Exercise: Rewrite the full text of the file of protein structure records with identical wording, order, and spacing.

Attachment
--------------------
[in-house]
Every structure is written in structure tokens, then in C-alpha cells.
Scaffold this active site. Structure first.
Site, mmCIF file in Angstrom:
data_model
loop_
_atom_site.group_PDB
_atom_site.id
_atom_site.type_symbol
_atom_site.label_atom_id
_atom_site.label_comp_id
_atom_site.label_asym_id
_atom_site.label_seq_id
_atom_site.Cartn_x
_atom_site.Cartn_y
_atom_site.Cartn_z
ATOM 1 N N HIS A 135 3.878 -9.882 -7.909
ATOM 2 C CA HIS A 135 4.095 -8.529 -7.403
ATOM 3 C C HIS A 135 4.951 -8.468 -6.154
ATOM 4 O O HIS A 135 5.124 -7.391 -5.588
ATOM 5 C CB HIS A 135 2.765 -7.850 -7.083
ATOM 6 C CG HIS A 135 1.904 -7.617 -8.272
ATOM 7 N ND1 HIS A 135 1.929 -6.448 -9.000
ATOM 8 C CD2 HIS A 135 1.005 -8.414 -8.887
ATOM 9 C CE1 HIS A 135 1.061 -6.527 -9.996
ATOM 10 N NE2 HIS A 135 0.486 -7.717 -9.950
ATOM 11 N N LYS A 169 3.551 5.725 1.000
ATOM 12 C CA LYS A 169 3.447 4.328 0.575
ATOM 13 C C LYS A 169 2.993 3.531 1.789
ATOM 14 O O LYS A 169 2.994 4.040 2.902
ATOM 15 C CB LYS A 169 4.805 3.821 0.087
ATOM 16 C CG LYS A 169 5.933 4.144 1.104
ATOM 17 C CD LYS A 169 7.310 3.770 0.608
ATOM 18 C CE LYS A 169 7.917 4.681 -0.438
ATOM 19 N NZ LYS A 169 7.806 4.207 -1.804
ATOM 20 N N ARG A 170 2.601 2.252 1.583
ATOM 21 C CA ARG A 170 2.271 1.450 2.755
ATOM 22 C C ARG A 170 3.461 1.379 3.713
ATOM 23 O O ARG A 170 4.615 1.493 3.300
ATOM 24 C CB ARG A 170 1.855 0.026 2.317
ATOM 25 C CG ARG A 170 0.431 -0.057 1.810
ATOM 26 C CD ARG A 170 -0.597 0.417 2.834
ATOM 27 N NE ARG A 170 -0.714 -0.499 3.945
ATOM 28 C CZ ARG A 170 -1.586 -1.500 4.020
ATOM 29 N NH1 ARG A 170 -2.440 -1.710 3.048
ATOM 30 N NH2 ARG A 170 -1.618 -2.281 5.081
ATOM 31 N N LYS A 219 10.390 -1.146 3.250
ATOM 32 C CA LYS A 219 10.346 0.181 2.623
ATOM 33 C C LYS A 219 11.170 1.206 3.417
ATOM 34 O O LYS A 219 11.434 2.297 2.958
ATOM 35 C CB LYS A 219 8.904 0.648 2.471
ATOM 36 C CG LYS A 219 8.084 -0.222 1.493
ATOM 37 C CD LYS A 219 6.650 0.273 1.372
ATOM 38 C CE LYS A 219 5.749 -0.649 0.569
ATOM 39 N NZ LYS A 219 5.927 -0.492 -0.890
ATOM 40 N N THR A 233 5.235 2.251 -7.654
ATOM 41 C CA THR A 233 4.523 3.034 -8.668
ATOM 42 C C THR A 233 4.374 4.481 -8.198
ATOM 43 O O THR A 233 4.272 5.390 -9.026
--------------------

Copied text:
[in-house]
Every structure is written in structure tokens, then in C-alpha cells.
Scaffold this active site. Structure first.
Site, mmCIF file in Angstrom:
data_model
loop_
_atom_site.group_PDB
_atom_site.id
_atom_site.type_symbol
_atom_site.label_atom_id
_atom_site.label_comp_id
_atom_site.label_asym_id
_atom_site.label_seq_id
_atom_site.Cartn_x
_atom_site.Cartn_y
_atom_site.Cartn_z
ATOM 1 N N HIS A 135 3.878 -9.882 -7.909
ATOM 2 C CA HIS A 135 4.095 -8.529 -7.403
ATOM 3 C C HIS A 135 4.951 -8.468 -6.154
ATOM 4 O O HIS A 135 5.124 -7.391 -5.588
ATOM 5 C CB HIS A 135 2.765 -7.850 -7.083
ATOM 6 C CG HIS A 135 1.904 -7.617 -8.272
ATOM 7 N ND1 HIS A 135 1.929 -6.448 -9.000
ATOM 8 C CD2 HIS A 135 1.005 -8.414 -8.887
ATOM 9 C CE1 HIS A 135 1.061 -6.527 -9.996
ATOM 10 N NE2 HIS A 135 0.486 -7.717 -9.950
ATOM 11 N N LYS A 169 3.551 5.725 1.000
ATOM 12 C CA LYS A 169 3.447 4.328 0.575
ATOM 13 C C LYS A 169 2.993 3.531 1.789
ATOM 14 O O LYS A 169 2.994 4.040 2.902
ATOM 15 C CB LYS A 169 4.805 3.821 0.087
ATOM 16 C CG LYS A 169 5.933 4.144 1.104
ATOM 17 C CD LYS A 169 7.310 3.770 0.608
ATOM 18 C CE LYS A 169 7.917 4.681 -0.438
ATOM 19 N NZ LYS A 169 7.806 4.207 -1.804
ATOM 20 N N ARG A 170 2.601 2.252 1.583
ATOM 21 C CA ARG A 170 2.271 1.450 2.755
ATOM 22 C C ARG A 170 3.461 1.379 3.713
ATOM 23 O O ARG A 170 4.615 1.493 3.300
ATOM 24 C CB ARG A 170 1.855 0.026 2.317
ATOM 25 C CG ARG A 170 0.431 -0.057 1.810
ATOM 26 C CD ARG A 170 -0.597 0.417 2.834
ATOM 27 N NE ARG A 170 -0.714 -0.499 3.945
ATOM 28 C CZ ARG A 170 -1.586 -1.500 4.020
ATOM 29 N NH1 ARG A 170 -2.440 -1.710 3.048
ATOM 30 N NH2 ARG A 170 -1.618 -2.281 5.081
ATOM 31 N N LYS A 219 10.390 -1.146 3.250
ATOM 32 C CA LYS A 219 10.346 0.181 2.623
ATOM 33 C C LYS A 219 11.170 1.206 3.417
ATOM 34 O O LYS A 219 11.434 2.297 2.958
ATOM 35 C CB LYS A 219 8.904 0.648 2.471
ATOM 36 C CG LYS A 219 8.084 -0.222 1.493
ATOM 37 C CD LYS A 219 6.650 0.273 1.372
ATOM 38 C CE LYS A 219 5.749 -0.649 0.569
ATOM 39 N NZ LYS A 219 5.927 -0.492 -0.890
ATOM 40 N N THR A 233 5.235 2.251 -7.654
ATOM 41 C CA THR A 233 4.523 3.034 -8.668
ATOM 42 C C THR A 233 4.374 4.481 -8.198
ATOM 43 O O THR A 233 4.272 5.390 -9.026